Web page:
Humboldt on scientific collaboration and climate change

In September of 1828 Alexander von Humboldt organized a conference for the German Association of Naturalists and Physicians. He invited hundreds of scientists from across Europe, using an interdisciplinary approach that reflects very much the philosophy of a research institute with which I have the good fortune to be affiliated: IIASA (International Institute for Applied Systems Analysis) in Laxenburg, Austria.

Unlike previous such meetings at which scientists had endlessly presented papers about their own work, Humboldt put together a very different programme. Rather than being talked at, he wanted the scientists to talk with each other. …. Humboldt encouraged the visiting scientists to gather in small groups and across disciplines. …. He envisaged an interdisciplinary brotherhood of scientists who would exchange and share knowledge. ‘Without a diversity of opinion, the discovery of truth is impossible,’ he reminded them in his opening speech.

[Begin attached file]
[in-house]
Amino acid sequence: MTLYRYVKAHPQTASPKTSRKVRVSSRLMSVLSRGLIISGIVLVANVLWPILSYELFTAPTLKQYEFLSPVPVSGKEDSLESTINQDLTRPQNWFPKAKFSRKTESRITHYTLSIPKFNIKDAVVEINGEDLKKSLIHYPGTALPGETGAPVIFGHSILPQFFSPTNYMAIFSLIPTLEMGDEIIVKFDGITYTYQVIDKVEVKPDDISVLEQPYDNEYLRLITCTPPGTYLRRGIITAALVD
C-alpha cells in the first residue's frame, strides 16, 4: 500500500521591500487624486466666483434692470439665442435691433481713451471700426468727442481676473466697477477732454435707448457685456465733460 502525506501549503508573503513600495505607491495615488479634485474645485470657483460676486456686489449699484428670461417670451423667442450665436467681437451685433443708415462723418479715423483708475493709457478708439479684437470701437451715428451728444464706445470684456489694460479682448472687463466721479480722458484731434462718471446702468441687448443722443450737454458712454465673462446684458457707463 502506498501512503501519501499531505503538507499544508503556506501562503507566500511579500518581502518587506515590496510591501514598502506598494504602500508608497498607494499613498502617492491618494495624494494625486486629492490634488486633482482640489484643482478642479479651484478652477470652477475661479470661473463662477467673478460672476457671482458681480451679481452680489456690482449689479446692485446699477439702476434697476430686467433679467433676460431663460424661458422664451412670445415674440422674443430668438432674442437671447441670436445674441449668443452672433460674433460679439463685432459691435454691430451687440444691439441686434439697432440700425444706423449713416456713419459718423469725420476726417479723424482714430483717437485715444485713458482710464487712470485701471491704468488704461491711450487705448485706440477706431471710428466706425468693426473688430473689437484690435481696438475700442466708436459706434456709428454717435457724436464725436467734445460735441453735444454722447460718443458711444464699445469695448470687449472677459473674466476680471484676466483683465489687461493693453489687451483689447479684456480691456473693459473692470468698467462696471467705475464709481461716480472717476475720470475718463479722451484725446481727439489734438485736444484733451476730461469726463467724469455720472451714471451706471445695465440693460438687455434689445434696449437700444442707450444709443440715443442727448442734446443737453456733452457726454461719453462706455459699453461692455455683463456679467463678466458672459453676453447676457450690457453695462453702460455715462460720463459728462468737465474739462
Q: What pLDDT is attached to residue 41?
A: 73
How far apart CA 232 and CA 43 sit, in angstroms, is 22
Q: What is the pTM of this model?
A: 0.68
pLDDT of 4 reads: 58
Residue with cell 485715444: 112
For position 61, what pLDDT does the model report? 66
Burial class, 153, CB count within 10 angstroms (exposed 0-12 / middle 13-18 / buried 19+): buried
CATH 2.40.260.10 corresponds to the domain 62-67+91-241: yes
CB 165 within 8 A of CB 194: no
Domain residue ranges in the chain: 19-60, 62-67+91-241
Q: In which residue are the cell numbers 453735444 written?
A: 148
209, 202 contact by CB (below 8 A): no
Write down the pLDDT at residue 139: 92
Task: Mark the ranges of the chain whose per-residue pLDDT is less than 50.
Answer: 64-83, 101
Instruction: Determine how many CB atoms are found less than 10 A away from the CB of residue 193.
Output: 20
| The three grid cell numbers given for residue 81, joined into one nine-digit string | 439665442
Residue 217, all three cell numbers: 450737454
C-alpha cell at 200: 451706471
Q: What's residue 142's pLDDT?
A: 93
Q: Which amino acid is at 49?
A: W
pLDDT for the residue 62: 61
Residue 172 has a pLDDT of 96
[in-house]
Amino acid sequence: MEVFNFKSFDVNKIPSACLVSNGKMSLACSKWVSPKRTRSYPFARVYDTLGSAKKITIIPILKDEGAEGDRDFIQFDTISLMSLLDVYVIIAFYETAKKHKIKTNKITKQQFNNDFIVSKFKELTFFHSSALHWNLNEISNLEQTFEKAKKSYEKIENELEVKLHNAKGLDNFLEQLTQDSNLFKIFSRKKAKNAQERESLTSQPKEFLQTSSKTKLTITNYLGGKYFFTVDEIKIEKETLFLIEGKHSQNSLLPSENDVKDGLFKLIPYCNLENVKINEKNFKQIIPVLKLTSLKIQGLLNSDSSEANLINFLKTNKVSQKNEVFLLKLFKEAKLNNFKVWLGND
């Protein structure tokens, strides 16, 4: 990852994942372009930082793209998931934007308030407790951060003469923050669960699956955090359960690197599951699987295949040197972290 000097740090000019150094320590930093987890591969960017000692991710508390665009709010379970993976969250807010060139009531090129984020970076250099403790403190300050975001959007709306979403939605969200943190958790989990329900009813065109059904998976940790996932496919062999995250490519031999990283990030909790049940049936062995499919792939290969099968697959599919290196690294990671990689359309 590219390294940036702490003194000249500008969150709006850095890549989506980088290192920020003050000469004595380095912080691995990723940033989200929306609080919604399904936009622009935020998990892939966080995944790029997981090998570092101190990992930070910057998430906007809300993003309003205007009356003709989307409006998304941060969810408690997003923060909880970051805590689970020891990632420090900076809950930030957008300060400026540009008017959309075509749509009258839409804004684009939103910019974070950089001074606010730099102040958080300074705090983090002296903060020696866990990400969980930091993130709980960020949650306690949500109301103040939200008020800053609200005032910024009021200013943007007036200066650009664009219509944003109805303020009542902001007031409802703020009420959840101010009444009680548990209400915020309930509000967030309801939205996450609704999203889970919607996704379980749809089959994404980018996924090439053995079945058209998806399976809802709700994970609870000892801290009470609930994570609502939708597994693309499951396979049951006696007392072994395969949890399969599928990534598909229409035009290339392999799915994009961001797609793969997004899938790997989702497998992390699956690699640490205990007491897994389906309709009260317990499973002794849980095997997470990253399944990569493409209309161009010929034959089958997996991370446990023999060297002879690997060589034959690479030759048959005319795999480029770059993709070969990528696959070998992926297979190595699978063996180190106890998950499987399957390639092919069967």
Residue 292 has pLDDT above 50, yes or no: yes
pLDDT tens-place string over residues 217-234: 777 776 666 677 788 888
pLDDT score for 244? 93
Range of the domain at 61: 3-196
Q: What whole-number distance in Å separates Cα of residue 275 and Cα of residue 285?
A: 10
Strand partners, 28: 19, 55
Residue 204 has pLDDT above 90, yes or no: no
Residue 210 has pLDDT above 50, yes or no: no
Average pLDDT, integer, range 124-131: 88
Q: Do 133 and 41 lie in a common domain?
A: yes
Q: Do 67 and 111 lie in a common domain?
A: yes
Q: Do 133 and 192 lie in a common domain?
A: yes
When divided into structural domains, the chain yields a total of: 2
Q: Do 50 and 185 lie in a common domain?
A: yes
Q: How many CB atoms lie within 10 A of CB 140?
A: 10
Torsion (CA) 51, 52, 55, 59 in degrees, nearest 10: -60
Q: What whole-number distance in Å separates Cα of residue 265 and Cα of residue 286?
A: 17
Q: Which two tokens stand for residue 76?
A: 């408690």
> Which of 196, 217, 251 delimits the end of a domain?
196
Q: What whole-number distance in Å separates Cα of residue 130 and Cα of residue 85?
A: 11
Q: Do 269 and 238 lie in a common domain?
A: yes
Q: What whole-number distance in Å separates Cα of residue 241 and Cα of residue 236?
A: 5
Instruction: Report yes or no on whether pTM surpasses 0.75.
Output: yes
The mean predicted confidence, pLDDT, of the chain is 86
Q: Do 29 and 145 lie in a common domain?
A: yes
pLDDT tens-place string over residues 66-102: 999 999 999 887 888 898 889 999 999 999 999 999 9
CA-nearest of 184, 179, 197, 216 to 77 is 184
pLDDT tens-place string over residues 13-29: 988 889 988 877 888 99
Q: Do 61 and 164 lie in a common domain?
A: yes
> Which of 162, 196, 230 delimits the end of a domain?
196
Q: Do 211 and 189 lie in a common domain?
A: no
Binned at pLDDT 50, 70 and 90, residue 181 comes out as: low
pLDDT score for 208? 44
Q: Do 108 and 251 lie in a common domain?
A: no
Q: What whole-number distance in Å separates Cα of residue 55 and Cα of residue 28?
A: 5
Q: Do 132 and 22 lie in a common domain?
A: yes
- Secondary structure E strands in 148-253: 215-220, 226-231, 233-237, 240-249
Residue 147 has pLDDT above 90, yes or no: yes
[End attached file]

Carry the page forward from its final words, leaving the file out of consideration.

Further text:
Similarly, Humboldt foresaw the work of IIASA and other research centres when he highlighted the relationship between human activity and climate change:

Humboldt wrote about the destruction of forests and of humankind’s long-term changes to the environment. When he listed the three ways in which the human species was affecting the climate, he named deforestation, ruthless irrigation and, perhaps most prophetically, the ‘great masses of steam and gas’ produced in the industrial centres. No one but Humboldt had looked at the relationship between humankind and nature like this before.

These quotes are from Andrea Wulf, The Invention of Nature: Alexander von Humboldt’s New World (Knopf, 2015), pp. 196, 213.

This is a follow-up to my TdJ post of two-weeks ago.

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